The Securities and Exchange Commission today announced charges against Merrill Lynch, Pierce, Fenner & Smith Incorporated and its parent company BAC North America Holding Co. (BACNAH) for failing to file hundreds of Suspicious Activity Reports (SARs) from 2009 to late 2019. Merrill Lynch agreed to pay a $6 million penalty to settle the SEC charges and, in a parallel action, Merrill Lynch agreed to pay a separate $6 million fine to settle charges brought by the Financial Industry Regulatory Authority (FINRA).
According to the SEC’s order, BACNAH assumed responsibility for creating and implementing Merrill Lynch’s SAR policies and procedures and for filing Merrill Lynch’s SARs. Over the course of a decade, however, BACNAH improperly used a $25,000 threshold instead of the required $5,000 threshold for reporting suspicious transactions or attempted transactions where a suspect may have been seeking to use Merrill Lynch to facilitate criminal activity and could not be identified. As a result, BACNAH caused Merrill Lynch’s failure to file hundreds of required SARs.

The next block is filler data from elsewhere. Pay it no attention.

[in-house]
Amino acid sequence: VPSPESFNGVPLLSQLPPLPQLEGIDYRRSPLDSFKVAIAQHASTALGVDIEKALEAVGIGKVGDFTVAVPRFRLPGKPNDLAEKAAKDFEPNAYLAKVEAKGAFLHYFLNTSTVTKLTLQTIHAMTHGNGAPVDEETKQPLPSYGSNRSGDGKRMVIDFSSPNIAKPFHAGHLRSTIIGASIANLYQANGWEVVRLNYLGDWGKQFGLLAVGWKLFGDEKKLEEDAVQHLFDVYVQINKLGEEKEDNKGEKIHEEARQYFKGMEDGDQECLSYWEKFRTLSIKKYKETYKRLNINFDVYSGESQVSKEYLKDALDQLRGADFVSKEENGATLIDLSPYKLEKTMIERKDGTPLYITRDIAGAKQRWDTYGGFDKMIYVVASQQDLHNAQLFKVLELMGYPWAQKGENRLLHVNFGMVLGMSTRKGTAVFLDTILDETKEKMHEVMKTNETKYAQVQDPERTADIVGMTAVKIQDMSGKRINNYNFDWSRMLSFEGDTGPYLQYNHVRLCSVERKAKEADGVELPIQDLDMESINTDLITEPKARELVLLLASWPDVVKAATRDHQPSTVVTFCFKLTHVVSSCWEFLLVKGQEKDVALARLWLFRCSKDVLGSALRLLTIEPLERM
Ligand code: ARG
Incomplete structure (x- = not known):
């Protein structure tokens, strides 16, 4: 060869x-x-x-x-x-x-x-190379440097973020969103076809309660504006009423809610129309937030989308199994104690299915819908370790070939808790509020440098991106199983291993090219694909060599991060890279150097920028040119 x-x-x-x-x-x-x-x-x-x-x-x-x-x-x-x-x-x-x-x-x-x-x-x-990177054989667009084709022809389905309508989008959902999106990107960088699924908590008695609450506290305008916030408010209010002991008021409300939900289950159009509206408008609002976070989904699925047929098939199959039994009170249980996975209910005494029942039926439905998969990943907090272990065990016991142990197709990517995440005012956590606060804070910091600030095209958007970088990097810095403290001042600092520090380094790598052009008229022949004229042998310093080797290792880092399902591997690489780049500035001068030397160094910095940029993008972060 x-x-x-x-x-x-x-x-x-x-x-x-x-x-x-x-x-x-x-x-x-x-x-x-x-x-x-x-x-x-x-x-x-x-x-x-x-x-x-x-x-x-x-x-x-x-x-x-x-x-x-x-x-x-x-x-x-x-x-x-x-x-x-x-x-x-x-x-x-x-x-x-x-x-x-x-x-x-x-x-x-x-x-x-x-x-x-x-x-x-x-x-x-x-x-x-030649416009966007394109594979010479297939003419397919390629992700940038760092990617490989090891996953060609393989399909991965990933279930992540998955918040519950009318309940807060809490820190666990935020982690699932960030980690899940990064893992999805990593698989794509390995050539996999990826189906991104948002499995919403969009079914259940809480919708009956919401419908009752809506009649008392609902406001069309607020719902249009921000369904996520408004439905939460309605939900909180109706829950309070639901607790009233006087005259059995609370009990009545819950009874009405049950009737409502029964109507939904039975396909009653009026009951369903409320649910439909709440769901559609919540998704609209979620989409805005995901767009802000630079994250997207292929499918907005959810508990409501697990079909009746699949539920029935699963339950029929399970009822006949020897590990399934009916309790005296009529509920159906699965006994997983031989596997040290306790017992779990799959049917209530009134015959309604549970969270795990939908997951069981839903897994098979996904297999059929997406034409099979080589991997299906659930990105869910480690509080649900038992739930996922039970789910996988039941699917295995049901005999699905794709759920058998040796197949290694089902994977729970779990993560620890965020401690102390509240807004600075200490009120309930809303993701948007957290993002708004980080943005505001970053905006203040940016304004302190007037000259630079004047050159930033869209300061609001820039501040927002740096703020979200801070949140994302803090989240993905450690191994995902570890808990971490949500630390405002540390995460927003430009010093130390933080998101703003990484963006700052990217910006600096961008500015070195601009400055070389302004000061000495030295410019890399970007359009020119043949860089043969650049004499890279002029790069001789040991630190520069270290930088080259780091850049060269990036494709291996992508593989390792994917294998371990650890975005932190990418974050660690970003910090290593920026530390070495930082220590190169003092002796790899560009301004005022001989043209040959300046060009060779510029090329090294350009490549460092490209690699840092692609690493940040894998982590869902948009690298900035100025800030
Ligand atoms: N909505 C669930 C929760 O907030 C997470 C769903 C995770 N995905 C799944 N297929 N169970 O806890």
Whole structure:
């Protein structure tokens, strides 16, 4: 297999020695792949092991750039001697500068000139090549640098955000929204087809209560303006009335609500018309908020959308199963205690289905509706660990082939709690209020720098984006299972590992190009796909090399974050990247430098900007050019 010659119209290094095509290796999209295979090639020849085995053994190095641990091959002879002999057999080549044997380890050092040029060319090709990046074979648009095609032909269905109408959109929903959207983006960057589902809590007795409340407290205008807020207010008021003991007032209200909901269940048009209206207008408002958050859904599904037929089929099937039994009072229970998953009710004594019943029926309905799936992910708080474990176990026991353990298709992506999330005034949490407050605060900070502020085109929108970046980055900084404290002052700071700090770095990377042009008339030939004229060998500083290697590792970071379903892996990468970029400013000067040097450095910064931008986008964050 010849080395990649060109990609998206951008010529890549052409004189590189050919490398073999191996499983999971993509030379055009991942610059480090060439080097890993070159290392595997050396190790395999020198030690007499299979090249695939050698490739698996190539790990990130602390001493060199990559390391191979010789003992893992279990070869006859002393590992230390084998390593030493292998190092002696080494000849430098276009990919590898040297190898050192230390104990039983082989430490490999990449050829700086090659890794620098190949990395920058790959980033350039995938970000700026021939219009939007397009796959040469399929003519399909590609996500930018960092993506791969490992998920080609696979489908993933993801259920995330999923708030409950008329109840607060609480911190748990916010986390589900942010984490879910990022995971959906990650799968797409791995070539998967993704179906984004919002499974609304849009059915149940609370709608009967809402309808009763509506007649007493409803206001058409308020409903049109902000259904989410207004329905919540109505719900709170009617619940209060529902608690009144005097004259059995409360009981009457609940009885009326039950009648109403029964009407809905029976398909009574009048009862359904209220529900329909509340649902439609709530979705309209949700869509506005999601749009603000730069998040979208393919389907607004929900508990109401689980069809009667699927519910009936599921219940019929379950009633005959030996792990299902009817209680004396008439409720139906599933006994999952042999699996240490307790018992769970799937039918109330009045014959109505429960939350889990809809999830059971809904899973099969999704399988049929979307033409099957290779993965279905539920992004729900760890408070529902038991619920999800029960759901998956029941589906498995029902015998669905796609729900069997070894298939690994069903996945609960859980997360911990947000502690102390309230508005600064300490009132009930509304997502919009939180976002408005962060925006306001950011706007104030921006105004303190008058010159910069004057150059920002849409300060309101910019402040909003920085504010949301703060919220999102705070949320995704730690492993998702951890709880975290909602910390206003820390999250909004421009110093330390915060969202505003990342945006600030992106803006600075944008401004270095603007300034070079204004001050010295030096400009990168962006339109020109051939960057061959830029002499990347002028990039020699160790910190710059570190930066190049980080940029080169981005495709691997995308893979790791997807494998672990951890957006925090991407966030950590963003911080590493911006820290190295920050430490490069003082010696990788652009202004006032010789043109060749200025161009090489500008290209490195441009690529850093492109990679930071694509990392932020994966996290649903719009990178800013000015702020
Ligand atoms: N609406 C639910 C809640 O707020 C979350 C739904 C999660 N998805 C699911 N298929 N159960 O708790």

“Broker-dealers have a critical obligation to report suspicious activity in their accounts,” said Katharine E. Zoladz, Co-Acting Regional Director of the Los Angeles Regional Office. “Merrill Lynch and BACNAH did not file hundreds of Merrill Lynch SARs because they failed to comply with one of the most basic requirements for a SAR program.”
The SEC’s order finds that Merrill Lynch violated the books and records provisions of Section 17(a) of the Securities Exchange Act of 1934 and Rule 17a-8 thereunder and that BACNAH caused those violations. Without admitting or denying the SEC’s findings, Merrill Lynch and BACNAH agreed to cease and desist from committing or causing violations of those provisions, and Merrill Lynch also agreed to a censure and the aforementioned $6 million civil penalty.
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